Mutation Testing: A Tale of Two Suites


In January of 2020 Etsy engineering embarked upon a highly anticipated initiative. For years our frontend engineers had been using a JavaScript test framework that was developed in house. It utilized Jasmine for assertions and syntax, PhantomJS for the test environment, and a custom, built-from-scratch test runner written in PHP. This setup no longer served our needs for a multitude of reasons:

It was time to reach for an industry standard tool with a strong community and a feature list JavaScript developers have come to expect. We settled on Jest because it met all of those criteria and naturally complemented the areas of our site that are built with React. Within a few months we had all of the necessary groundwork in place to begin a large-scale effort of migrating our legacy tests. This raised an important question — would our test suite be as effective at catching regressions if it was run by Jest as opposed to our legacy test runner?

At first this seemed like a simple question. Our legacy test said:

expect(a).toEqual(b);

And the migrated Jest test said:

expect(a).toEqual(b);

So weren’t they doing the same thing? Maybe. What if one checked shallow equality and the other checked deep equality? And what about assertions that had no corollaries in Jest? Our legacy suite relied on jasmine.ajax and jasmine-jquery, and we would need to propose alternatives for both modules when migrating our tests. All of this opened the door for subtle variations to creep in and make the difference between catching and missing a bug. We could have spent our time poring through the source code of Jasmine and Jest to figure out if these differences really existed, but instead we decided to use Mutation Testing to find them for us.

What is Mutation Testing?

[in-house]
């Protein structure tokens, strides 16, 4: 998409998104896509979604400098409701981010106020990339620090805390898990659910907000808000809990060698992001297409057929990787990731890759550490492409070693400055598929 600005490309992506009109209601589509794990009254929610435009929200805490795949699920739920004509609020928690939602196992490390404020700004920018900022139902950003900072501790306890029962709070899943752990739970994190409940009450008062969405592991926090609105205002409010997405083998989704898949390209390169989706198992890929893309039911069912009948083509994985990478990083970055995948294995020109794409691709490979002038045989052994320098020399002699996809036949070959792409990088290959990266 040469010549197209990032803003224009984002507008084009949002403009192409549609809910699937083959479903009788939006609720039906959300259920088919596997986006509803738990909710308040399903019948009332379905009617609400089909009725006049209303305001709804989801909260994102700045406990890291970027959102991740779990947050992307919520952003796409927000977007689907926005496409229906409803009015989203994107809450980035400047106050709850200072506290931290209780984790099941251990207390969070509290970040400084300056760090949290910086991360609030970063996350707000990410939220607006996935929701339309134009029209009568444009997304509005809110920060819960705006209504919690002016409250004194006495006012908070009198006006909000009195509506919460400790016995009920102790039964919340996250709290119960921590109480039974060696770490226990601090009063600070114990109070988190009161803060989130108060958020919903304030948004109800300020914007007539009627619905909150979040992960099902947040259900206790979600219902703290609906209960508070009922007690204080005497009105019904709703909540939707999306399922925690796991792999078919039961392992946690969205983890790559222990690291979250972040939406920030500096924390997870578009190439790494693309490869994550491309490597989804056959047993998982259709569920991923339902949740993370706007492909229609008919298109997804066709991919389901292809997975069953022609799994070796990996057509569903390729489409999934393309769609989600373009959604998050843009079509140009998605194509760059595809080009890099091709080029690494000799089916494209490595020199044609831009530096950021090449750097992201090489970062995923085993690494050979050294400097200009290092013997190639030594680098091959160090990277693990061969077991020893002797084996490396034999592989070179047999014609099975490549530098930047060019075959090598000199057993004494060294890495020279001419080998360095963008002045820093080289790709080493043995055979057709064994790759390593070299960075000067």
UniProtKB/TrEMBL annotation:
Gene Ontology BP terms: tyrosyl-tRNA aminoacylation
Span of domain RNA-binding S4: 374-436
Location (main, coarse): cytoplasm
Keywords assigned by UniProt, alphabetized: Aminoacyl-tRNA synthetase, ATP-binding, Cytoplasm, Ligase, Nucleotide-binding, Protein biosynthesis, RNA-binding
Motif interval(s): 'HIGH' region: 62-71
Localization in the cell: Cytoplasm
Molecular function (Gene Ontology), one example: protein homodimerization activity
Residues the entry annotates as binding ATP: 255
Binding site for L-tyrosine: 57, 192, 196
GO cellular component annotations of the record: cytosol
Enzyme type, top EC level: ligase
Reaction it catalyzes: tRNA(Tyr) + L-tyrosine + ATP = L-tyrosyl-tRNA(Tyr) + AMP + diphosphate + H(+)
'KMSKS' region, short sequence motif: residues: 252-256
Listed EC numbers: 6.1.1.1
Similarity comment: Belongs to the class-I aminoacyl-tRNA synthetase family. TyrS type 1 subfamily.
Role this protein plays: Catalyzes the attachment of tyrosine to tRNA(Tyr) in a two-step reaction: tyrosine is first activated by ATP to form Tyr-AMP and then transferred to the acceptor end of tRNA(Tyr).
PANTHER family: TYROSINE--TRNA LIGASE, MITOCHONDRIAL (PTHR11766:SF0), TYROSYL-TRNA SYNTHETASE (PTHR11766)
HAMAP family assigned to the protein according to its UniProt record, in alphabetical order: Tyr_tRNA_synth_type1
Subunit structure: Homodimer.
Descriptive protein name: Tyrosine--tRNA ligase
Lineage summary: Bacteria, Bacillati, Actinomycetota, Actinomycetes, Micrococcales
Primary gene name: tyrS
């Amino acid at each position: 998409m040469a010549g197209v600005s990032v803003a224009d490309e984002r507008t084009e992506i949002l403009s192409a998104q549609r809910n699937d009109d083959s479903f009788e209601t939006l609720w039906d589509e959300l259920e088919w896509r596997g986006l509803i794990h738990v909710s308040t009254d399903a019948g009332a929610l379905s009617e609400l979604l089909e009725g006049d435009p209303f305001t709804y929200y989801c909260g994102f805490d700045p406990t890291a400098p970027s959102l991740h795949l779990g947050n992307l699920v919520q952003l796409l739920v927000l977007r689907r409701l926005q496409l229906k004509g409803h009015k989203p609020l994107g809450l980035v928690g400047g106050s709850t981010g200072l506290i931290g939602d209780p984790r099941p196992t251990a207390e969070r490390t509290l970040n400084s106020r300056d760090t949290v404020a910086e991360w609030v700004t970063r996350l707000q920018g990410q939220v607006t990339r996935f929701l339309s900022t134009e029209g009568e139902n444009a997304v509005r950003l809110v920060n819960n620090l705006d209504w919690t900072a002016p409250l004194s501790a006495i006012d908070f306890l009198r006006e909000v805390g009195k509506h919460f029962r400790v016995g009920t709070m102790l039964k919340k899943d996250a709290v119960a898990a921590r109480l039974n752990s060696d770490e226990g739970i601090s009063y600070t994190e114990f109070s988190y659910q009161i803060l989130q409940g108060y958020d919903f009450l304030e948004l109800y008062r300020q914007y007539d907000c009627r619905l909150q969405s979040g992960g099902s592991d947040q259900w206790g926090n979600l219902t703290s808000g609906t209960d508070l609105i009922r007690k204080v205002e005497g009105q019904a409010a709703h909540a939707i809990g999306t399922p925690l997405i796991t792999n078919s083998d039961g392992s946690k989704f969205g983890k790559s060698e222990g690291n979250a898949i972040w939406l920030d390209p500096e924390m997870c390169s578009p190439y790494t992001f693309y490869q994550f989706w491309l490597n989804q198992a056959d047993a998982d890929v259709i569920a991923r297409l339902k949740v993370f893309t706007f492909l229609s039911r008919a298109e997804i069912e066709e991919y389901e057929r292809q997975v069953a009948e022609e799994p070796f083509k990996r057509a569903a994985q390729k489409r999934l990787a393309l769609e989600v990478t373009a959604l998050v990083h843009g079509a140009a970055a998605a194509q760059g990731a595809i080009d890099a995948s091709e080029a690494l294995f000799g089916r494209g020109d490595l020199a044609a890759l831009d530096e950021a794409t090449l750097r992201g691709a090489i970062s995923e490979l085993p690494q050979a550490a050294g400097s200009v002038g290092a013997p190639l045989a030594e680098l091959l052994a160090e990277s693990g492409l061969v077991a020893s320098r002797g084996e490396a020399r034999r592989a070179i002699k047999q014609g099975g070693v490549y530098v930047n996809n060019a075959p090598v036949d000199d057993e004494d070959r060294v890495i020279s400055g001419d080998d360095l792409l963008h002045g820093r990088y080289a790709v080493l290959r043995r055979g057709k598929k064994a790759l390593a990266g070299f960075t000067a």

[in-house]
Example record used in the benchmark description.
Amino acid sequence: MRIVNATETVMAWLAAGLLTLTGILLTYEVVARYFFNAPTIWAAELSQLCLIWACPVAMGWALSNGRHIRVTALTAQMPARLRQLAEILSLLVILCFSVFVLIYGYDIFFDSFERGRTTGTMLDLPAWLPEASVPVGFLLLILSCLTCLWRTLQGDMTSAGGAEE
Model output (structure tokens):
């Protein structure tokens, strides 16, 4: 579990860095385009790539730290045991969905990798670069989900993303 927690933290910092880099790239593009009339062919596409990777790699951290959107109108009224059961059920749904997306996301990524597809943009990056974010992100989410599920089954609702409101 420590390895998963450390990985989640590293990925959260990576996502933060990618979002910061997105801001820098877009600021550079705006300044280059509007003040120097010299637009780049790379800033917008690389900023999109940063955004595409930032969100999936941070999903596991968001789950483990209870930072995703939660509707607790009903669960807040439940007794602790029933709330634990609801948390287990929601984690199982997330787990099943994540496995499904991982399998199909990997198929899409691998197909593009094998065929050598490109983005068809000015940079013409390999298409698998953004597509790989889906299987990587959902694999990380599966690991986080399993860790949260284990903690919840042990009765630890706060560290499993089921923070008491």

Mutation Testing allows developers to score their test suite based on how many potential bugs it can catch. Since we were testing our JavaScript suite we reached for Stryker, which works roughly the same as any other Mutation Testing framework. Stryker analyzes our source code, makes any number of copies of it, then mutates those copies by programmatically inserting bugs into them. It then runs our unit tests against each “mutant” and sees if the suite fails or passes. If all tests pass, then the mutant has survived. If one or more tests fail, then the mutant has been killed. The more mutants that are killed, the more confidence we have that the suite will catch regressions in our code. After testing all of these potential mutations, Stryker generates a score by dividing the number of mutants that were killed by the total number generated:

Output from running Stryker on a single file

Stryker’s default reporter even displays how it generated the mutants that survived so it’s easy to identify the gaps in the suite. In this case, two Conditional Expression mutants and a Logical Operator mutant survived. All together, Stryker supports roughly thirty possible mutation types, but that list can be whittled down for faster test runs.

The Experiment

Since our hypothesis was that the implementation differences between Jasmine and Jest could affect the Mutation Score of our legacy and new test suites, we began by cataloging every bit of Jasmine-specific syntax in our legacy suite. We then compiled a list of roughly forty test files that we would target for Mutation Testing in order to cover the full syntax catalog. For each file we generated a Mutation Score for its legacy state, converted it to run in our new Jest setup, and generated a Mutation Score again. Our hope was that the new Jest framework would have a Mutation Score as good as or better than our legacy framework.

By limiting the scope of our test to just a few dozen files, we were able to run all mutations Stryker had to offer within a reasonable timeframe. However, the sheer size of our codebase and the sprawling dependency trees in any given feature presented other challenges to this work. As I mentioned before, Stryker copies the source code to be mutated into separate sandbox directories. By default, it copies the entire project into each sandbox, but that was too much for Node.js to handle in our repository:

Error when opening too many files

Stryker allows users to configure an array of files to copy over instead of the entire codebase, but doing so would require us to know the full dependency tree of each file that we hoped to test ahead of time. Instead of figuring that out by hand, we wrote a custom Jest file resolver specifically for our Stryker testing environment. It would attempt to resolve source files from the local directory structure, but it wouldn’t fail immediately if they weren’t found. Instead, our new resolver would reach outside of the Stryker sandbox to find the file in the original directory structure, copy it into the sandbox, and re-initiate the resolution process. This method saved us time for files that had very expansive dependency trees. With that in hand, we pressed forth with our experiment.

The Result